Sex, Sin and Zen* is not an attempt on Warner’s part to pontificate about what “good Buddhists” are supposed to believe with regard to the beast with two (or more) backs.  What it really comes down to is a very personal exploration of Buddhist ethics and teachings as they seem to him to apply to situations that he has experienced, or heard, or been asked about.  He doesn’t claim to have the answers — is, in fact, excruciatingly careful to make it clear that these are personal decisions — yet he provides a first-class framework to use in thinking about such issues as they apply to us.  I mean, this book includes an entire chapter devoted to examining the practice of well-known porn star Nina Hartley, and how she incorporates Buddhism into her work and marriage.  It would take a writer with a background in blogging for “Suicide Girls” to even dream of pulling that off — but Warner does, and we feel as though we learned something. (I felt a couple of shifts in my attitudes while reading it, and I consider myself about as sexually liberal as you can get.)

Of course the book is written in Brad’s eminently readable — albeit sometimes joltingly non-traditional — style:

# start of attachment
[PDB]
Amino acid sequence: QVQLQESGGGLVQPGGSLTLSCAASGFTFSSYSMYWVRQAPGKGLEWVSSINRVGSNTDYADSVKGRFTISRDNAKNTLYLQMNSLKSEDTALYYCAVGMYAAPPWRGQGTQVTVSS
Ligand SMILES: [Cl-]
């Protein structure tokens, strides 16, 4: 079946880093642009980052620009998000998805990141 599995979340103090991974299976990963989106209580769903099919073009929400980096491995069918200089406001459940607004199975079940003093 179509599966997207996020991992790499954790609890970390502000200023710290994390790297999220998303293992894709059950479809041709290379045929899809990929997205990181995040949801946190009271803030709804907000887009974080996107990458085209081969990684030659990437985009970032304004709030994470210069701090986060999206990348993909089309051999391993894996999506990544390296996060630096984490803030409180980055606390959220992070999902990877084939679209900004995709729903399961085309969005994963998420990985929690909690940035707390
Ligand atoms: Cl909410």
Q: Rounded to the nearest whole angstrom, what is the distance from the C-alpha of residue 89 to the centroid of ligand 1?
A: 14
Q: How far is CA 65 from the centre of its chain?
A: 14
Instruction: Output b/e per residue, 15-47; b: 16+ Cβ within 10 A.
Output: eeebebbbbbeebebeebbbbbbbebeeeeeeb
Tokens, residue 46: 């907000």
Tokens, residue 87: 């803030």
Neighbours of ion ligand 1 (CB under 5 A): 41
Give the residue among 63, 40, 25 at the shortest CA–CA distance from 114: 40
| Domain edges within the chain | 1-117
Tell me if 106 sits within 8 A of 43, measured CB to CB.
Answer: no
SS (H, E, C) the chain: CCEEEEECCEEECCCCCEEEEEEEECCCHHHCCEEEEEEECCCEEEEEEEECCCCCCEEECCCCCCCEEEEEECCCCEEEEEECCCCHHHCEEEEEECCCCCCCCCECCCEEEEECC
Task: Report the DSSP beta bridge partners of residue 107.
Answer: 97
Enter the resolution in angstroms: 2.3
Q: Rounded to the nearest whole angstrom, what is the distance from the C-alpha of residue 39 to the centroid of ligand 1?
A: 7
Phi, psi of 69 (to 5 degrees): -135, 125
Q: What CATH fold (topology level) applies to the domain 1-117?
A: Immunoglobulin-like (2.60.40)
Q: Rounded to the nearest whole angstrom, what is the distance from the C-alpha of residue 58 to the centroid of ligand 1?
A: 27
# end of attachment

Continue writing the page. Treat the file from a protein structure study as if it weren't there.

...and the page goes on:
We reflect on the effort that brought us this piece of ass
and consider how it comes to us.

We reflect on our virtue and practice, and whether
we are worthy of this piece of ass.

We consider sexual greed to be the obstacle to freedom of mind.

We consider this piece of ass to be good medicine to sustain our lives.

For the sake of attaining the Truth we now receive this piece of ass.

And:

If you’re too goddamned horny to think straight, then perhaps the best way to avoid misusing sex is to log on to Suicide Girls, or whatever website you enjoy, masturbate furiously, be done with it, and then go out into the world more mellow, less sex-crazed, and less likely to misuse sex in a far more damaging way.

See what I mean?

Sex, Sin and Zen may shock you, it may leave you flabbergasted at the idea that an ordained priest of any religion would think it appropriate to write in the way that Warner habitually does.  But you know what?  You won’t be bored; you won’t feel you’ve wasted your time; and — unless you work hard** at avoiding it — it will give you a lot to think about.

____________________

*Available in your favorite bookstore this Labor Day weekend.

**Hee hee, I said, “hard.”

Disclaimer: the writer was provided a complimentary copy of this book by the publisher.